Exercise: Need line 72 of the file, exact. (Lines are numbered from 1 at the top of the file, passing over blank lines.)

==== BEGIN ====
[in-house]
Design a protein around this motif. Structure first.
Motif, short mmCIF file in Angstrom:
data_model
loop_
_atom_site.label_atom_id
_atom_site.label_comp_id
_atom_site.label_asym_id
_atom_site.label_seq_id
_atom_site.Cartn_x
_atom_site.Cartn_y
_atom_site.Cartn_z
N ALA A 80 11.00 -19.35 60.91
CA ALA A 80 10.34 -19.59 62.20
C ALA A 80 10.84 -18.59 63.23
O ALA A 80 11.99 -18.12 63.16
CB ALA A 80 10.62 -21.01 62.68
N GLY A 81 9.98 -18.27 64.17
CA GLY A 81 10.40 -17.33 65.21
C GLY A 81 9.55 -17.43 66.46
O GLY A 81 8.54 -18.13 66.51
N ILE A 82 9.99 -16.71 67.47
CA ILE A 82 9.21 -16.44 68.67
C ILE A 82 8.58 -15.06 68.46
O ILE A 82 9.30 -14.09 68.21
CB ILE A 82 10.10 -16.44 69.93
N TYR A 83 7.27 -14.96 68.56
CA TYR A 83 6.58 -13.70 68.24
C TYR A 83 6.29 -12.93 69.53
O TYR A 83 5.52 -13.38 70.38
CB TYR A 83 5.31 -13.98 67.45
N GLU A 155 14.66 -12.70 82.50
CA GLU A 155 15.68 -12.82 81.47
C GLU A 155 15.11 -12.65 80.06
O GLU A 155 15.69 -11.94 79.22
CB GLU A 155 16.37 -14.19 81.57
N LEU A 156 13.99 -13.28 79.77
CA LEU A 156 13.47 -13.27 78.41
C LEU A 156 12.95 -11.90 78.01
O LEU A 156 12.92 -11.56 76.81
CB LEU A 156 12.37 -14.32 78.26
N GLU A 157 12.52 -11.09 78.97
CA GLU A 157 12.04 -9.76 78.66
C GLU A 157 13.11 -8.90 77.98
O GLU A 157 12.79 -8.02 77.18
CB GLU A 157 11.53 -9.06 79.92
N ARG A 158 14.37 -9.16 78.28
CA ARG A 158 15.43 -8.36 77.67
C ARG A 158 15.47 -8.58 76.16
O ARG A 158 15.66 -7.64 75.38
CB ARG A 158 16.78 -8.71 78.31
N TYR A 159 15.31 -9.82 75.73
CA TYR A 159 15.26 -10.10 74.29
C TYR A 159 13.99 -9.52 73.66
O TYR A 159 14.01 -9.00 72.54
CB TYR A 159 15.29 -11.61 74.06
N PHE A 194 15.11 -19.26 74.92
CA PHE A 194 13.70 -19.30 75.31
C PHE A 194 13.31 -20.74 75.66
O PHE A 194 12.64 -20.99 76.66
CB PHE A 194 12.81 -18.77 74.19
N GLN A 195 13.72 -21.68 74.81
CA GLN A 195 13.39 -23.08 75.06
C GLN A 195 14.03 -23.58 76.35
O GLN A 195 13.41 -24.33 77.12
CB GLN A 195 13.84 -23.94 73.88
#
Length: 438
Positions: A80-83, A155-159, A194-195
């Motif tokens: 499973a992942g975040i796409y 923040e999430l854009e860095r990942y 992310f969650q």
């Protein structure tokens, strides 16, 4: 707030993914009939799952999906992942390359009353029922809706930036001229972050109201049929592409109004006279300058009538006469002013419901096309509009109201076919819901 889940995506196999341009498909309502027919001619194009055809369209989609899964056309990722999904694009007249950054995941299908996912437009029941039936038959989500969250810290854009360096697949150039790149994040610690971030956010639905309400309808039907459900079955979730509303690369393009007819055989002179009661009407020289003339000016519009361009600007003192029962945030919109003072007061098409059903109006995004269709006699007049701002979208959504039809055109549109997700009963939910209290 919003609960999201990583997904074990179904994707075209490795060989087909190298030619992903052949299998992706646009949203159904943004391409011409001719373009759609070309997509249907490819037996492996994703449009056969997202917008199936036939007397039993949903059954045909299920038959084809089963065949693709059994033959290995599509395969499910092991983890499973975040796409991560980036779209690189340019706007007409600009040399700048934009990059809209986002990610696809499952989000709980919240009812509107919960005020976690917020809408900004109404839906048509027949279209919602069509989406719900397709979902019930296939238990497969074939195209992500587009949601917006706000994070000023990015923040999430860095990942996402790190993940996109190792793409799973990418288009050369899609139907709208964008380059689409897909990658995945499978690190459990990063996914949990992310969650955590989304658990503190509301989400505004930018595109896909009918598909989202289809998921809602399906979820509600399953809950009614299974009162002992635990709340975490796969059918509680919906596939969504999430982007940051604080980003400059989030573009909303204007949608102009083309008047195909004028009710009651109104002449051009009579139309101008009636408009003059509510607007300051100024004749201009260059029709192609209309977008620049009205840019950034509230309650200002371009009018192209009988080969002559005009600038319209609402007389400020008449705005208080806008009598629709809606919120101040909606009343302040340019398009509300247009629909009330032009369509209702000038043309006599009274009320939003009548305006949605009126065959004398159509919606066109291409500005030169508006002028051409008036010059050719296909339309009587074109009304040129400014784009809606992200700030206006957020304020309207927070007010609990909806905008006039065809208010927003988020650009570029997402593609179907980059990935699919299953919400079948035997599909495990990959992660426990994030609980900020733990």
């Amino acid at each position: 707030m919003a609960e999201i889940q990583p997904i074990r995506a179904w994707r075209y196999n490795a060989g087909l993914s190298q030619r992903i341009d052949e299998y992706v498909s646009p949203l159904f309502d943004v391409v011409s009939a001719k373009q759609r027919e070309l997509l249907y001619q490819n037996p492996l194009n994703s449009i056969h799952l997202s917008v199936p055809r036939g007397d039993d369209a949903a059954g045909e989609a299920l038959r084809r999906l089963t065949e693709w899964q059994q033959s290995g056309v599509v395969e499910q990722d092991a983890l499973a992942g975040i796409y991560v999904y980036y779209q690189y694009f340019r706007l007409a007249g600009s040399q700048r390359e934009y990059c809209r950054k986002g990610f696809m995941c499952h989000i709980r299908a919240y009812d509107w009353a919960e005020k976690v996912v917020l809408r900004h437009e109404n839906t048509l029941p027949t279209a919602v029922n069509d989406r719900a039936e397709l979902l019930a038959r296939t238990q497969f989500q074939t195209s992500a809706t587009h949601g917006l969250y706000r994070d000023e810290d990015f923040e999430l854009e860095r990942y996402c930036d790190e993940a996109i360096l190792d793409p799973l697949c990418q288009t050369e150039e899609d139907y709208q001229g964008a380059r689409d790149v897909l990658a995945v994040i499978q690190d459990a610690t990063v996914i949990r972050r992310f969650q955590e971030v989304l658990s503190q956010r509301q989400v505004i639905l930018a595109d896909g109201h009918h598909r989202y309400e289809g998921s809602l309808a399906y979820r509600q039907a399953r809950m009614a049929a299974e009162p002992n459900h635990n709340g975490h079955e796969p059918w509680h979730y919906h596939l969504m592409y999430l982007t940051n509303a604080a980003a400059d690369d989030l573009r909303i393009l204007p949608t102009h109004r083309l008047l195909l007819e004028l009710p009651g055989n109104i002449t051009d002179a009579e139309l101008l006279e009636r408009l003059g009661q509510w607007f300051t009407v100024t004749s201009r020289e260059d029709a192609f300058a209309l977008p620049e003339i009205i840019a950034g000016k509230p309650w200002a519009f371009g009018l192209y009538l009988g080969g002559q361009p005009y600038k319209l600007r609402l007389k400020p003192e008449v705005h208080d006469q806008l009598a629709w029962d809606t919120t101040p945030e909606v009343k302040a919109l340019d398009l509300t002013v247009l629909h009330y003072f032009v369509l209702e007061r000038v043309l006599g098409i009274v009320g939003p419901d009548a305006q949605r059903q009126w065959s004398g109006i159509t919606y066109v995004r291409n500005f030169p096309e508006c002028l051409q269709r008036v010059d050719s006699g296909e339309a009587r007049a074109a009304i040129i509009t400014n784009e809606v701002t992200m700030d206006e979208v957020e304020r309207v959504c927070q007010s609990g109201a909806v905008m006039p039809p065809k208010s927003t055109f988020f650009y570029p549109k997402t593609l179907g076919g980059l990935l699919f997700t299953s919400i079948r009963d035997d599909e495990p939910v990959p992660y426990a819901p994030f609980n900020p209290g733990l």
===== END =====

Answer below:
């Amino acid at each position: 707030m919003a609960e999201i889940q990583p997904i074990r995506a179904w994707r075209y196999n490795a060989g087909l993914s190298q030619r992903i341009d052949e299998y992706v498909s646009p949203l159904f309502d943004v391409v011409s009939a001719k373009q759609r027919e070309l997509l249907y001619q490819n037996p492996l194009n994703s449009i056969h799952l997202s917008v199936p055809r036939g007397d039993d369209a949903a059954g045909e989609a299920l038959r084809r999906l089963t065949e693709w899964q059994q033959s290995g056309v599509v395969e499910q990722d092991a983890l499973a992942g975040i796409y991560v999904y980036y779209q690189y694009f340019r706007l007409a007249g600009s040399q700048r390359e934009y990059c809209r950054k986002g990610f696809m995941c499952h989000i709980r299908a919240y009812d509107w009353a919960e005020k976690v996912v917020l809408r900004h437009e109404n839906t048509l029941p027949t279209a919602v029922n069509d989406r719900a039936e397709l979902l019930a038959r296939t238990q497969f989500q074939t195209s992500a809706t587009h949601g917006l969250y706000r994070d000023e810290d990015f923040e999430l854009e860095r990942y996402c930036d790190e993940a996109i360096l190792d793409p799973l697949c990418q288009t050369e150039e899609d139907y709208q001229g964008a380059r689409d790149v897909l990658a995945v994040i499978q690190d459990a610690t990063v996914i949990r972050r992310f969650q955590e971030v989304l658990s503190q956010r509301q989400v505004i639905l930018a595109d896909g109201h009918h598909r989202y309400e289809g998921s809602l309808a399906y979820r509600q039907a399953r809950m009614a049929a299974e009162p002992n459900h635990n709340g975490h079955e796969p059918w509680h979730y919906h596939l969504m592409y999430l982007t940051n509303a604080a980003a400059d690369d989030l573009r909303i393009l204007p949608t102009h109004r083309l008047l195909l007819e004028l009710p009651g055989n109104i002449t051009d002179a009579e139309l101008l006279e009636r408009l003059g009661q509510w607007f300051t009407v100024t004749s201009r020289e260059d029709a192609f300058a209309l977008p620049e003339i009205i840019a950034g000016k509230p309650w200002a519009f371009g009018l192209y009538l009988g080969g002559q361009p005009y600038k319209l600007r609402l007389k400020p003192e008449v705005h208080d006469q806008l009598a629709w029962d809606t919120t101040p945030e909606v009343k302040a919109l340019d398009l509300t002013v247009l629909h009330y003072f032009v369509l209702e007061r000038v043309l006599g098409i009274v009320g939003p419901d009548a305006q949605r059903q009126w065959s004398g109006i159509t919606y066109v995004r291409n500005f030169p096309e508006c002028l051409q269709r008036v010059d050719s006699g296909e339309a009587r007049a074109a009304i040129i509009t400014n784009e809606v701002t992200m700030d206006e979208v957020e304020r309207v959504c927070q007010s609990g109201a909806v905008m006039p039809p065809k208010s927003t055109f988020f650009y570029p549109k997402t593609l179907g076919g980059l990935l699919f997700t299953s919400i079948r009963d035997d599909e495990p939910v990959p992660y426990a819901p994030f609980n900020p209290g733990l």